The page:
Optimizing sleep hygiene and your bedroom environment can go a long way in supporting both REM and deep sleep. But don’t hesitate to see a sleep specialist if you continue having issues.

Tracking REM and Deep Sleep

Tracking your REM and deep sleep stages can provide insight into your overall sleep quality. Here are some options for monitoring sleep cycles:


Polysomnography involves extensive monitoring in a sleep lab, using EEG of brain waves plus other body sensors. Considered the gold standard, but expensive and inconvenient.

Home Sleep Apnea Tests

Basic home tests like WatchPAT monitor pulse, oxygen, movement and breathing to estimate REM, light and deep sleep. Less extensive data than polysomnography.

Sleep Tracking Devices

Wearable devices like Fitbit, Apple Watch or Oura Ring use movement, heart rate and algorithms to estimate sleep stages and quality. Can lack accuracy but convenient.

Sleep Tracking Apps

Sleep tracking apps utilize only movement and sounds during sleep. Provide a rough breakdown of sleep stages based on limited data.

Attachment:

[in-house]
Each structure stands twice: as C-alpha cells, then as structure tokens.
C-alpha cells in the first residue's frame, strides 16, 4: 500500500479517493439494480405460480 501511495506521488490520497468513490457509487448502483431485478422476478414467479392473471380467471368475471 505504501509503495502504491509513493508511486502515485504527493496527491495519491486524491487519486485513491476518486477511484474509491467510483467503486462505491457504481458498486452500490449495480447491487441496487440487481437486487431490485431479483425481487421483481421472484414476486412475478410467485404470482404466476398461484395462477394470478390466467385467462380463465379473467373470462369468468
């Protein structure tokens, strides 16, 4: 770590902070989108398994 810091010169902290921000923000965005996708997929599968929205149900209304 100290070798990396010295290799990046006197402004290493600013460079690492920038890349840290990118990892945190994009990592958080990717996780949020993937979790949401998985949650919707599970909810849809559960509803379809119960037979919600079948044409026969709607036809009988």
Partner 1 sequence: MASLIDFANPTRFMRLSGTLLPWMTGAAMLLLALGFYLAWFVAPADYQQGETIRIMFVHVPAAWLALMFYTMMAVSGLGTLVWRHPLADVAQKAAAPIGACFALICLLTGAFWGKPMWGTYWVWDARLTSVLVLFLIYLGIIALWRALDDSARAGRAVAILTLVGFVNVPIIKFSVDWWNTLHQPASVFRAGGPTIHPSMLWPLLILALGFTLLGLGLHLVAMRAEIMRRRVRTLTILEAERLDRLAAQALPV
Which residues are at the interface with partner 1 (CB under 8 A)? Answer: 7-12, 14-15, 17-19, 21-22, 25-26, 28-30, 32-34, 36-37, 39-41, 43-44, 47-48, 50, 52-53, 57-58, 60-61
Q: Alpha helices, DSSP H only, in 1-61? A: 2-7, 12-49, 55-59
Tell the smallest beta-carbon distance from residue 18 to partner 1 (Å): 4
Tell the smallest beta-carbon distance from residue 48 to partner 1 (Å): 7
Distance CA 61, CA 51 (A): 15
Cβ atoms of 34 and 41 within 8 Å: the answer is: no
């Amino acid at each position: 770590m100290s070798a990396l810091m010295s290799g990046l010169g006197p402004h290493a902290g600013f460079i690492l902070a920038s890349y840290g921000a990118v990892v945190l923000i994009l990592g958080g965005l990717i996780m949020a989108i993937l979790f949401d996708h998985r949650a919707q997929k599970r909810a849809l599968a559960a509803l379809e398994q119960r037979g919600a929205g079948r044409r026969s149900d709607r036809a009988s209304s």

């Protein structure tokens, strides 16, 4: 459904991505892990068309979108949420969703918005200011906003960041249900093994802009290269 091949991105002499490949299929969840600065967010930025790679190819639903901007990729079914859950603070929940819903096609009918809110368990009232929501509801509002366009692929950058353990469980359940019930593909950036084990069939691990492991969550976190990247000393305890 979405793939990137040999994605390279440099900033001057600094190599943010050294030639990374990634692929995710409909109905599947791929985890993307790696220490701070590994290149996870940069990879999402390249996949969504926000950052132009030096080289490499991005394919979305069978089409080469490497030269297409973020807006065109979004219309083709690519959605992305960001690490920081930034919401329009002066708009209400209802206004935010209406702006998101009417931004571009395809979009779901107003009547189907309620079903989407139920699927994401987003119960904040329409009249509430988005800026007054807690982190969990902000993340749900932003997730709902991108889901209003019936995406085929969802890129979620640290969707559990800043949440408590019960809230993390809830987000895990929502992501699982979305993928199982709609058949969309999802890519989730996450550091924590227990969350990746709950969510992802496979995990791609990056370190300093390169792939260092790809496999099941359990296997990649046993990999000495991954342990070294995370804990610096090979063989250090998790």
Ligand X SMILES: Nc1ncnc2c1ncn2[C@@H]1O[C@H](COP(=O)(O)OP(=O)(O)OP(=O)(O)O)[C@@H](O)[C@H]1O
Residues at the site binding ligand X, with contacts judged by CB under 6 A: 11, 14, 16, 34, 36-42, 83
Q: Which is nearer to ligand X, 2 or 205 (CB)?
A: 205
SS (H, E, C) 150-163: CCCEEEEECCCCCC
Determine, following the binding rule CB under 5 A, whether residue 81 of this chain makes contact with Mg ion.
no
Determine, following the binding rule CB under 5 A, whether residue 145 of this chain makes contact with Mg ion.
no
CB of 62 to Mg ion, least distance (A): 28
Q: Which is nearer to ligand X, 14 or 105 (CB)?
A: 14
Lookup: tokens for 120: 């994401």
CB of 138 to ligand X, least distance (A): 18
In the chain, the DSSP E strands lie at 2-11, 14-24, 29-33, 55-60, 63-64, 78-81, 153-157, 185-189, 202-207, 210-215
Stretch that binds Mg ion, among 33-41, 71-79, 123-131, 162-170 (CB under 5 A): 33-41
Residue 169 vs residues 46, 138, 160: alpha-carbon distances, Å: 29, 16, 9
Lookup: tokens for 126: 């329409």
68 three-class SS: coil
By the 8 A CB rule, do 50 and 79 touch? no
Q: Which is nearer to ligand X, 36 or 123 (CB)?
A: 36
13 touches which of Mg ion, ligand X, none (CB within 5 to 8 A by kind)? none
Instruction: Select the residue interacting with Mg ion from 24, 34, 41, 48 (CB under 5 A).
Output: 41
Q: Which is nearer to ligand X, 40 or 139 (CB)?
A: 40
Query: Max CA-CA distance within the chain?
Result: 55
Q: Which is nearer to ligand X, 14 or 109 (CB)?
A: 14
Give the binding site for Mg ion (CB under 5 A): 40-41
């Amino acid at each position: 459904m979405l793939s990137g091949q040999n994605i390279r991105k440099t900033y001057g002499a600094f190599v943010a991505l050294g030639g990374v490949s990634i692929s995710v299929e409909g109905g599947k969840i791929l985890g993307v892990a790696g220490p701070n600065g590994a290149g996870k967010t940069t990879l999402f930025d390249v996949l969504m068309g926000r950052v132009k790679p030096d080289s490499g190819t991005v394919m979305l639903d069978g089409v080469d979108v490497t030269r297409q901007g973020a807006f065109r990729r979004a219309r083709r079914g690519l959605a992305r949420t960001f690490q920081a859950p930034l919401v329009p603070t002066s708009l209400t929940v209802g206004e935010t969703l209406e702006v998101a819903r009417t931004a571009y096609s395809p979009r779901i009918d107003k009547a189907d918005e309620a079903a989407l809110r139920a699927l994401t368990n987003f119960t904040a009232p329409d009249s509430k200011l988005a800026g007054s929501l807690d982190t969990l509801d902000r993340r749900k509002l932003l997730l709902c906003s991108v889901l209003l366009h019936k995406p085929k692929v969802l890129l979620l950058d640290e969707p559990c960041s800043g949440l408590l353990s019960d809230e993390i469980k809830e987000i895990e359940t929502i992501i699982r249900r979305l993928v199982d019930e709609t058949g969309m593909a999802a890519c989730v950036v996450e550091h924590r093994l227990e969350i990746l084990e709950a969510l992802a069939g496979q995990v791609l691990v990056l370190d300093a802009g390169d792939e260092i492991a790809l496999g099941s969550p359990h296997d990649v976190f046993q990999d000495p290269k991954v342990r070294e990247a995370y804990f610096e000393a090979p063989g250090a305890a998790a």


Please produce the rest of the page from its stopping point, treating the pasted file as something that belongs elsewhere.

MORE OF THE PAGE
For those with sleep disorders or who want comprehensive sleep stage data, consider a home sleep apnea test or polysomnography. Otherwise, consumer sleep tracking can provide general insight into sleep quality over time.

The Takeaway

Both REM and deep sleep offer tremendous health and performance benefits that complement one another. Focus on optimizing overall sleep quality, rather than just one particular stage. Aim to get sufficient REM and deep sleep cycles each night by supporting your body’s natural sleep processes. Consistent, high-quality sleep with a balance of REM, light and deep stages is ideal for waking up feeling recharged and restored.